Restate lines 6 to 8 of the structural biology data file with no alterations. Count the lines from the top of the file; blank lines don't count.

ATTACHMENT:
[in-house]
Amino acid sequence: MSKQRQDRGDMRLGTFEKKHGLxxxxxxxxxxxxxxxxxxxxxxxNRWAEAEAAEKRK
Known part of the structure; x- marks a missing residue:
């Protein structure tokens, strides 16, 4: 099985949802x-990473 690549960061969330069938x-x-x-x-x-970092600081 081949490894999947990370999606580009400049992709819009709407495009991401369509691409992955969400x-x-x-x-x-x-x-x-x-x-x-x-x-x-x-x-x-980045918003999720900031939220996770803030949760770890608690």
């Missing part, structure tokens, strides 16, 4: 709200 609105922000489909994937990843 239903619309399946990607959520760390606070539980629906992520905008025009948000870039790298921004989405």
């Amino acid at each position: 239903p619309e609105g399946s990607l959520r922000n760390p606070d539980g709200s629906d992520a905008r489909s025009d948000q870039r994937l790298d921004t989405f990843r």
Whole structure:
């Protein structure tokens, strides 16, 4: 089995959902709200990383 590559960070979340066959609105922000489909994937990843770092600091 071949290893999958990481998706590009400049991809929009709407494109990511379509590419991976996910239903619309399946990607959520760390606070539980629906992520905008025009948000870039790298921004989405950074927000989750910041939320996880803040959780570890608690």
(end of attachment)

């Amino acid at each position: 239903p619309e609105g399946s990607l959520r922000n760390p606070d539980g709200s629906d992520a905008r489909s025009d948000q870039r994937l790298d921004t989405f990843r």
Whole structure:
């Protein structure tokens, strides 16, 4: 089995959902709200990383 590559960070979340066959609105922000489909994937990843770092600091 071949290893999958990481998706590009400049991809929009709407494109990511379509590419991976996910239903619309399946990607959520760390606070539980629906992520905008025009948000870039790298921004989405950074927000989750910041939320996880803040959780570890608690």